Healthy Boundaries and Expectations for a Heart-to-Heart And Linkup!

Draw Feelings Out

Today I’m continuing in the series that was born out of the results from my Men and Openness survey by unpacking a bit more what a wife (or any spouse for that matter) needs to keep in mind in a heart-to-heart.

Since healthy expectations are what precede healthy boundaries, I’ll start there.

Healthy Expectations

1. Expect him to be uncomfortable and guarded.
Generally speaking, any time men and women sit down to talk about feelings, men will probably feel greater anxiety and apprehension than women. I think that’s because women tend to be more emotionally-attuned and verbally-adept than men for various reasons. This isn’t always the case, but even when it’s not, I think there’s a perception among most men that they are at a disadvantage and this is uncomfortable for them.

2. Expect it to be a work-in-progress.
Each time you sit to talk about vulnerable matters in marriage, you are laying a brick down in the foundation of your intimacy. It takes many conversations (bricks) to build a foundation that you can stand on. FYI – I’m talking years of talks. Don’t get discouraged by the amount of work ahead of you, be motivated by the investment you are making all along the way. 😉

3. Expect it to feel awkward for you as well—especially if you use “reflective listening” as a tool.
I highly encourage reflective listening in any difficult conversation, because it helps to keep the conversation going in the right direction and deescalates anger and misunderstandings. But it will feel like walking around in a newly formed cast on a broken leg. It will take lots of repetition before the benefits of this begin to add enough ease to this style of conversing. But it is so worth it! (Snag a Reflective Listening Guide) 🙂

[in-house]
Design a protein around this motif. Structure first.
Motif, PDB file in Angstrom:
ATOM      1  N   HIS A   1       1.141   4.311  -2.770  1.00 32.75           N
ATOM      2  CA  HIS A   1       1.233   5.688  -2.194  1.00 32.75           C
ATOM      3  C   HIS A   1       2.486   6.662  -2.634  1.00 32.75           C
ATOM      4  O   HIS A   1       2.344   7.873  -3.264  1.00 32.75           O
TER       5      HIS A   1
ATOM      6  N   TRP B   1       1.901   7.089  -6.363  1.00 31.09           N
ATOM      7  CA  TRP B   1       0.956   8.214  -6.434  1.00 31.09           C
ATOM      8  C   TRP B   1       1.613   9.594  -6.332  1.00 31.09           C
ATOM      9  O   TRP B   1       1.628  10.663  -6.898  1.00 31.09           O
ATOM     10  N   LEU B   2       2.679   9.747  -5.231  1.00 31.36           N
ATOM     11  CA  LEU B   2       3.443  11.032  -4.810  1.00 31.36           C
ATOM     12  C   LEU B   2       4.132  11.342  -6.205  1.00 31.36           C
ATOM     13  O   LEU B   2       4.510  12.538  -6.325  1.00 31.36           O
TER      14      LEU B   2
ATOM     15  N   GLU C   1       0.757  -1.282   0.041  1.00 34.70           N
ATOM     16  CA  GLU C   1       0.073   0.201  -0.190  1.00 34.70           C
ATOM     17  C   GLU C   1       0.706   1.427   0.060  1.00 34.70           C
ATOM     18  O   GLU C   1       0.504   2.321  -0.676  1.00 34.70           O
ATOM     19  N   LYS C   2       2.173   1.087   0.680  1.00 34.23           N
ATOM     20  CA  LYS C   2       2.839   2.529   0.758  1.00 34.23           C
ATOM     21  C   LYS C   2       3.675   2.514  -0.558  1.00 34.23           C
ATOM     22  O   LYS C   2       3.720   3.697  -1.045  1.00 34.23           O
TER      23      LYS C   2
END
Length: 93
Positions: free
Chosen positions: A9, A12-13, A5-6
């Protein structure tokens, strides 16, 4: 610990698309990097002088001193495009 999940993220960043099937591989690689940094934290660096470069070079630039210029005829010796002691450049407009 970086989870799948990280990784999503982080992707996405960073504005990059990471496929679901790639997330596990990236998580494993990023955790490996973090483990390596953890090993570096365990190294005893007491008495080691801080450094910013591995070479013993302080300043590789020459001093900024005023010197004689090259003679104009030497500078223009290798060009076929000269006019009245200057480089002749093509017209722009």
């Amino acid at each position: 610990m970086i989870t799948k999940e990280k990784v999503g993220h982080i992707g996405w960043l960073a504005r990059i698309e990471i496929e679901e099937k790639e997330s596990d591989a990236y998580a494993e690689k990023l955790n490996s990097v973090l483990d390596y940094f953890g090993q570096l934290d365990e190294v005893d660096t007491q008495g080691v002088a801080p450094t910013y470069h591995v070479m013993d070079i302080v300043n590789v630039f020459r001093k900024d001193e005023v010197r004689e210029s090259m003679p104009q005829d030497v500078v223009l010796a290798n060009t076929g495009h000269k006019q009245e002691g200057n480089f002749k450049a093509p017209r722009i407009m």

Healthy Boundaries

1. Deal with one topic/emotion at a time.
This goes back to #2 above. If you try to address or absorb too much in one sitting, you will overwhelm each other. You’ll want to avoid future conversations if you bite off more than you two can chew at one time.

2. Listen and absorb more than you talk and express.
This is especially true if you are the designated “listener.” This is a much bigger job than many realize. You are receiving very vulnerable emotions from your mate. Which means …

3. Don’t pressure your mate for more than they offer.
Asking for clarification is one thing, but pushing your husband for more than he offers is stepping over a line and a boundary violation.

4. Ask open-ended questions.
That simply means asking a question that has more than a “yes” or “no” to it. Invite your husband to share more with these kinds of questions, but never pressure for more. It’s a fine line, but if your spouse reacts with irritation or withdrawal, you know you’ve probably gone too far. So back off!

5. Play by the same rules.
When it is your turn to listen, be sure to follow the reflective listening protocol. When it’s your turn to disclose, then model vulnerability and openness—both during the conversation and between times. Be the model for openness and active listening that you want your mate to be. And …

Your job is to be the best communicator you can be! Never let what you want grow into what your spouse must do! Given time, I think making this your approach will coax a hesitant hubby out of his shell. If not, consider seeking the help of a good counselor or life-coach.

 

What realistic expectations would you add to my list?

 

What healthy boundaries would you add and/or have been especially helpful for you?

If you’d like to read any of the posts in this series on Men and Openness, click here.

Btw, I will be taking a two week blogging break for the Christmas holidays so next Wednesday I will not have the Wedded Wednesday linkup. I hope you all have a very Blessed Christmas!